Feature

Soulacoaster: The Diary of Me by R. Kelly

R. Kelly’s autobiography is no tell-all, but it does offer a “vivid and entertaining journey.”

(SmileyBooks, $30) 

“Let’s get this out of the way up front,” said Jesse Washington in the Associated Press.
R. Kelly’s autobiography is no tell-all. In it, the prodigiously talented R&B performer doesn’t expound on the infamous sex tape that showed him, according to prosecutors, having sex with an underage girl. The late singer Aaliyah, whom he supposedly married when she was 15, is never mentioned. Yet despite its willful elisions, Soulacoaster offers a “vivid and entertaining journey,” one that confronts “the defining theme of Kelly’s career: the juxtaposition of the sexual and the spiritual.” If you’ve ever wondered how the same artist can be responsible for both “I Believe I Can Fly” and the 22-chapter “hip-hopera” Trapped in the Closet, you’ll find answers here.

Soulacoaster “doesn’t lack for revelations,” said Josh Levin in Slate.com. Kelly is candid about many rough details of his upbringing on Chicago’s South Side, from being shot in the shoulder to struggling with severe dyslexia to being forced from age 8 to participate in adult orgies in his own home. There are uplifting moments as well: encouragement from a teacher, and the story of how “I Believe I Can Fly” first came to him at age 9 in the form of cartoon-character musical notes. Still, “this is a diary where the elisions are more telling than the disclosures.” Kelly prefers that some skeletons, like his legal troubles, remain trapped in the closet.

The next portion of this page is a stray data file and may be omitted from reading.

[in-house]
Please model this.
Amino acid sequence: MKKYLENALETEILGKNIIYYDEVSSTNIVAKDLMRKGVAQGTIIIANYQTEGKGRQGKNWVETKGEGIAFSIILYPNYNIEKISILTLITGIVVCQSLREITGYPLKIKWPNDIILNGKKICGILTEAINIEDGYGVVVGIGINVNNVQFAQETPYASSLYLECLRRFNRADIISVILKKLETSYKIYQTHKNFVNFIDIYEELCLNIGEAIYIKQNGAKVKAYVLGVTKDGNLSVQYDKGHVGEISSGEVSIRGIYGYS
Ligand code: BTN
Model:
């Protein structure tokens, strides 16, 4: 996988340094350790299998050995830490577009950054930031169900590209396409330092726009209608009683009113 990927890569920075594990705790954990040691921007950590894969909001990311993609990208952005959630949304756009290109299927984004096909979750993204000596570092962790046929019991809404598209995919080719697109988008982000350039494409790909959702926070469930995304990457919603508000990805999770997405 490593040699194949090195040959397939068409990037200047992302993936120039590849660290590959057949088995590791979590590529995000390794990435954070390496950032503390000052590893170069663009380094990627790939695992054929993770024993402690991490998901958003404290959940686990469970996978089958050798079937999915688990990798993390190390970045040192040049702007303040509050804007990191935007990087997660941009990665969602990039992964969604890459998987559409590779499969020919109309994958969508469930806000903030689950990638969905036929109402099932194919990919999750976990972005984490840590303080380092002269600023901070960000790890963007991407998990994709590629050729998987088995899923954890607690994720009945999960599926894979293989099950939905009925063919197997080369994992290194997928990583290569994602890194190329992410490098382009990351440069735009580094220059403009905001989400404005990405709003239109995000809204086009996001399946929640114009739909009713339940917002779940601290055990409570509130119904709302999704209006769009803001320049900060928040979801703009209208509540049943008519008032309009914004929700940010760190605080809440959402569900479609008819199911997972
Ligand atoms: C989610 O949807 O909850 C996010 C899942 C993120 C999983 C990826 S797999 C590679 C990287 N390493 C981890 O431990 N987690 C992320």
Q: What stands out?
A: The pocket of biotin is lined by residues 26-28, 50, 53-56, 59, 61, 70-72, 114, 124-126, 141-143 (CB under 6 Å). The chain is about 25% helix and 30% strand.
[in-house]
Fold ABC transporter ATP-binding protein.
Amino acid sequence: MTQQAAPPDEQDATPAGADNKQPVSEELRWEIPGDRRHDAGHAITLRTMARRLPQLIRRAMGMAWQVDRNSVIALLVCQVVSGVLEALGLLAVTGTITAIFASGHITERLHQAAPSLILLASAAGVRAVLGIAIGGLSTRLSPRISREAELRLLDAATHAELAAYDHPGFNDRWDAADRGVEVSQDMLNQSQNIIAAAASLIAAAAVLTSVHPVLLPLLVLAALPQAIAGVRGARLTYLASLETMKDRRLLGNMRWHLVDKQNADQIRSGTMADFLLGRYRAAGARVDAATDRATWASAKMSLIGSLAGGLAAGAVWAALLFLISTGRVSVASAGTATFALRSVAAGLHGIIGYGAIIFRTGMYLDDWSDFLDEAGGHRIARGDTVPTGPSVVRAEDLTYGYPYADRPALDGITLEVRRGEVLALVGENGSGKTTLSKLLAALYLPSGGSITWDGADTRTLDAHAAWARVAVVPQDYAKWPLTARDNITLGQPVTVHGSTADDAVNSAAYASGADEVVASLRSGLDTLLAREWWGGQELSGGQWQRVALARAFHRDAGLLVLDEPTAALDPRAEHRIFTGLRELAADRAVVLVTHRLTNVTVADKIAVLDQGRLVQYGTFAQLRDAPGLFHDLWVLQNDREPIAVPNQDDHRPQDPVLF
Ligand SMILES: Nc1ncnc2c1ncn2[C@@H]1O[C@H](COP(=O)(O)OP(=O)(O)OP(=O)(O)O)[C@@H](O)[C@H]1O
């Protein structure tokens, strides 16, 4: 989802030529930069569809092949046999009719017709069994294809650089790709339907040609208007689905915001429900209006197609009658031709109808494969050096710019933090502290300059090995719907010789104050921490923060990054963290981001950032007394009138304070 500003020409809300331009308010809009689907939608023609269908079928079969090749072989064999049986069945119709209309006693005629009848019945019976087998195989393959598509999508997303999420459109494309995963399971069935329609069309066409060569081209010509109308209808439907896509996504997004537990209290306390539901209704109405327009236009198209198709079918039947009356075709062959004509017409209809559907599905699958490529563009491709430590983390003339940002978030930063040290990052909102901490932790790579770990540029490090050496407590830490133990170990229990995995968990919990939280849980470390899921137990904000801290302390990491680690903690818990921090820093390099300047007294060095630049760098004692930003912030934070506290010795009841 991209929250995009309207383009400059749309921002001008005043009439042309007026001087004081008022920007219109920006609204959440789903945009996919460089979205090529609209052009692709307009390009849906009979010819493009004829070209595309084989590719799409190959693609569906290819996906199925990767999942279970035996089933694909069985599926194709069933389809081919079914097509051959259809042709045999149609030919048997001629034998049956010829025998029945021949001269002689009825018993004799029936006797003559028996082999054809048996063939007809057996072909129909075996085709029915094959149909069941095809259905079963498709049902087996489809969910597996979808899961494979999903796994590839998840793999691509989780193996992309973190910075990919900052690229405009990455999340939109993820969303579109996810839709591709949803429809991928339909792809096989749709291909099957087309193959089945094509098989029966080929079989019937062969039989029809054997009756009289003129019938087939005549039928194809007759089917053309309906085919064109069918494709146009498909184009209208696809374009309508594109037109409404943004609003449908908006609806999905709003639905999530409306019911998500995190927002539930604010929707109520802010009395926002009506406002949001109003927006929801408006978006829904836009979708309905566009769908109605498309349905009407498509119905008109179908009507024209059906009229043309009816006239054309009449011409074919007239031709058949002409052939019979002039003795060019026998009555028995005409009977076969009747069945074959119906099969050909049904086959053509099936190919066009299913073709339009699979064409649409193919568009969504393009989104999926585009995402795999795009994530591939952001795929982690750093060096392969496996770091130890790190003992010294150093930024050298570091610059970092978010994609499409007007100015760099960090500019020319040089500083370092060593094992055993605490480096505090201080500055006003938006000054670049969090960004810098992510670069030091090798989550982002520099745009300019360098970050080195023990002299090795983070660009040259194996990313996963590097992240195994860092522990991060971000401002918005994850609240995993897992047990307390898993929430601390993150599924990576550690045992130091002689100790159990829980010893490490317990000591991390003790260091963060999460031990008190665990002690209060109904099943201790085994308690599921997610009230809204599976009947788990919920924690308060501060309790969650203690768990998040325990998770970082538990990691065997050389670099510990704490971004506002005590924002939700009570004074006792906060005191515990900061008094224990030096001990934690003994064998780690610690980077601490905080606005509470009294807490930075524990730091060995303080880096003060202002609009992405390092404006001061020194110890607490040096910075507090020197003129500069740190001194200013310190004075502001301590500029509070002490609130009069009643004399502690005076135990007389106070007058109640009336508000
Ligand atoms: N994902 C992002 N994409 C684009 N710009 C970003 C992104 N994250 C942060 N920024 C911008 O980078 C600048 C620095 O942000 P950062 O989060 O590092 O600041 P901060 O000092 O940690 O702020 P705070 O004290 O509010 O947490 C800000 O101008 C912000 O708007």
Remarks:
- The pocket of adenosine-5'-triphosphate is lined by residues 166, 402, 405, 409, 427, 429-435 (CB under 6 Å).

Kelly is actually “surprisingly candid about his Augustinian struggles of the flesh,” said Andrew Marantz in NewYorker.com. He blames the collapse of his second marriage, for instance, on his own infidelities. Sure, this is “a work of auto-hagiography,” but it’s clever. Like his over-the-top sexual ballads (think “I Like the Crotch on You”), it will prompt you to ask over and over again: “Is he kidding?” The answer is yes and no. Like R&B singers before him, from James Brown to Prince, Kelly has long been “staking out a compromise between musicianship, exhibitionism, and pure weirdness.” It seems to be working for him.

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